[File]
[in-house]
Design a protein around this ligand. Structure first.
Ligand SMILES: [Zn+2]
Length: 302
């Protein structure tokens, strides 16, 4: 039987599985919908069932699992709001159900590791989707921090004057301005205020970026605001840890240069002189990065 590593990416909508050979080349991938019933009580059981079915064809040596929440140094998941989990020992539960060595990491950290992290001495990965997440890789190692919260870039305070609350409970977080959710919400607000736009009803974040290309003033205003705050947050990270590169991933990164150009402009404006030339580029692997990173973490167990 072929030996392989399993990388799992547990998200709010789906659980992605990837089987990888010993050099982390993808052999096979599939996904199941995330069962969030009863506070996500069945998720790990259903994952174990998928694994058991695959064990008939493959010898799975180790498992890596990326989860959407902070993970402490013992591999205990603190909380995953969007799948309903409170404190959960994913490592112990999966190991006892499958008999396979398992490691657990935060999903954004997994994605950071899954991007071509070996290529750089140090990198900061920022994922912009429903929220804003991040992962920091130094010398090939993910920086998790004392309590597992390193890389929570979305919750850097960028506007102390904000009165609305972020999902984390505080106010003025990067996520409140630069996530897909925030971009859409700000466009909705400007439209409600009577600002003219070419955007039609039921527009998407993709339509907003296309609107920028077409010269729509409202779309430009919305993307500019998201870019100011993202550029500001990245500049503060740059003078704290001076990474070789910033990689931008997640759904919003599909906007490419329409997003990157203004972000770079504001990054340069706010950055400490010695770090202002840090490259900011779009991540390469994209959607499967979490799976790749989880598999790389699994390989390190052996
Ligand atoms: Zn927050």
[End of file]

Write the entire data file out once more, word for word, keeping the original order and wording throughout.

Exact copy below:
[in-house]
Design a protein around this ligand. Structure first.
Ligand SMILES: [Zn+2]
Length: 302
């Protein structure tokens, strides 16, 4: 039987599985919908069932699992709001159900590791989707921090004057301005205020970026605001840890240069002189990065 590593990416909508050979080349991938019933009580059981079915064809040596929440140094998941989990020992539960060595990491950290992290001495990965997440890789190692919260870039305070609350409970977080959710919400607000736009009803974040290309003033205003705050947050990270590169991933990164150009402009404006030339580029692997990173973490167990 072929030996392989399993990388799992547990998200709010789906659980992605990837089987990888010993050099982390993808052999096979599939996904199941995330069962969030009863506070996500069945998720790990259903994952174990998928694994058991695959064990008939493959010898799975180790498992890596990326989860959407902070993970402490013992591999205990603190909380995953969007799948309903409170404190959960994913490592112990999966190991006892499958008999396979398992490691657990935060999903954004997994994605950071899954991007071509070996290529750089140090990198900061920022994922912009429903929220804003991040992962920091130094010398090939993910920086998790004392309590597992390193890389929570979305919750850097960028506007102390904000009165609305972020999902984390505080106010003025990067996520409140630069996530897909925030971009859409700000466009909705400007439209409600009577600002003219070419955007039609039921527009998407993709339509907003296309609107920028077409010269729509409202779309430009919305993307500019998201870019100011993202550029500001990245500049503060740059003078704290001076990474070789910033990689931008997640759904919003599909906007490419329409997003990157203004972000770079504001990054340069706010950055400490010695770090202002840090490259900011779009991540390469994209959607499967979490799976790749989880598999790389699994390989390190052996
Ligand atoms: Zn927050």